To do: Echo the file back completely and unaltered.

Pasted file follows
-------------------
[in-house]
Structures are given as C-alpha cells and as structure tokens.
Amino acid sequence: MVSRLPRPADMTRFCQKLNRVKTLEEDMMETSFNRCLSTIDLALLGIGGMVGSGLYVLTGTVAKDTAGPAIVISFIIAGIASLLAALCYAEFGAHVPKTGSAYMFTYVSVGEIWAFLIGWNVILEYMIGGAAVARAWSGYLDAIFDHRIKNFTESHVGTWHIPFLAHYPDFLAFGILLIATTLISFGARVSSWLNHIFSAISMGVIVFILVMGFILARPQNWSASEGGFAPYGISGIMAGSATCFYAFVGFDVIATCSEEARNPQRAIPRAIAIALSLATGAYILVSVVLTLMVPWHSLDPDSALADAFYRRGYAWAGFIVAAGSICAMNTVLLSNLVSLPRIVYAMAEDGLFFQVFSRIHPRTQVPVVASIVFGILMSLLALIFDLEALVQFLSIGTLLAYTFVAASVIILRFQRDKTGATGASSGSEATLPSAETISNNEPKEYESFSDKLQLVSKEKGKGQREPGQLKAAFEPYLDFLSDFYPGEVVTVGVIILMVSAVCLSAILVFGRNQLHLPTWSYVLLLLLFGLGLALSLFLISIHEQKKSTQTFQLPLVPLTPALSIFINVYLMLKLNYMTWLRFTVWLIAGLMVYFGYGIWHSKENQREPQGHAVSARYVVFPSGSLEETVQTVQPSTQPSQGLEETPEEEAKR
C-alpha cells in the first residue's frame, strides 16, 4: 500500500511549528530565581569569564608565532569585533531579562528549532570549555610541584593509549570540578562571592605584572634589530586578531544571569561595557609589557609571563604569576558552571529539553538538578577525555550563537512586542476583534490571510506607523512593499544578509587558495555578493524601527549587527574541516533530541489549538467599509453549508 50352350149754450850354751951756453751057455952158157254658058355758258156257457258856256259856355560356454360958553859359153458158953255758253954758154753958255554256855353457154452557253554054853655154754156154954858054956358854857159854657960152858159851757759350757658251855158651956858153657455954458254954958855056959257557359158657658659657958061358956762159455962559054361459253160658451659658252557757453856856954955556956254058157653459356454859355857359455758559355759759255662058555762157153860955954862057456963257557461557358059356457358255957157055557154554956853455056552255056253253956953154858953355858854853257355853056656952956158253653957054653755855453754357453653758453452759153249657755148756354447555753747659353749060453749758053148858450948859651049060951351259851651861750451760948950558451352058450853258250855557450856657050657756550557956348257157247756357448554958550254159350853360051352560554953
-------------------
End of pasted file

[in-house]
Structures are given as C-alpha cells and as structure tokens.
Amino acid sequence: MVSRLPRPADMTRFCQKLNRVKTLEEDMMETSFNRCLSTIDLALLGIGGMVGSGLYVLTGTVAKDTAGPAIVISFIIAGIASLLAALCYAEFGAHVPKTGSAYMFTYVSVGEIWAFLIGWNVILEYMIGGAAVARAWSGYLDAIFDHRIKNFTESHVGTWHIPFLAHYPDFLAFGILLIATTLISFGARVSSWLNHIFSAISMGVIVFILVMGFILARPQNWSASEGGFAPYGISGIMAGSATCFYAFVGFDVIATCSEEARNPQRAIPRAIAIALSLATGAYILVSVVLTLMVPWHSLDPDSALADAFYRRGYAWAGFIVAAGSICAMNTVLLSNLVSLPRIVYAMAEDGLFFQVFSRIHPRTQVPVVASIVFGILMSLLALIFDLEALVQFLSIGTLLAYTFVAASVIILRFQRDKTGATGASSGSEATLPSAETISNNEPKEYESFSDKLQLVSKEKGKGQREPGQLKAAFEPYLDFLSDFYPGEVVTVGVIILMVSAVCLSAILVFGRNQLHLPTWSYVLLLLLFGLGLALSLFLISIHEQKKSTQTFQLPLVPLTPALSIFINVYLMLKLNYMTWLRFTVWLIAGLMVYFGYGIWHSKENQREPQGHAVSARYVVFPSGSLEETVQTVQPSTQPSQGLEETPEEEAKR
C-alpha cells in the first residue's frame, strides 16, 4: 500500500511549528530565581569569564608565532569585533531579562528549532570549555610541584593509549570540578562571592605584572634589530586578531544571569561595557609589557609571563604569576558552571529539553538538578577525555550563537512586542476583534490571510506607523512593499544578509587558495555578493524601527549587527574541516533530541489549538467599509453549508 50352350149754450850354751951756453751057455952158157254658058355758258156257457258856256259856355560356454360958553859359153458158953255758253954758154753958255554256855353457154452557253554054853655154754156154954858054956358854857159854657960152858159851757759350757658251855158651956858153657455954458254954958855056959257557359158657658659657958061358956762159455962559054361459253160658451659658252557757453856856954955556956254058157653459356454859355857359455758559355759759255662058555762157153860955954862057456963257557461557358059356457358255957157055557154554956853455056552255056253253956953154858953355858854853257355853056656952956158253653957054653755855453754357453653758453452759153249657755148756354447555753747659353749060453749758053148858450948859651049060951351259851651861750451760948950558451352058450853258250855557450856657050657756550557956348257157247756357448554958550254159350853360051352560554953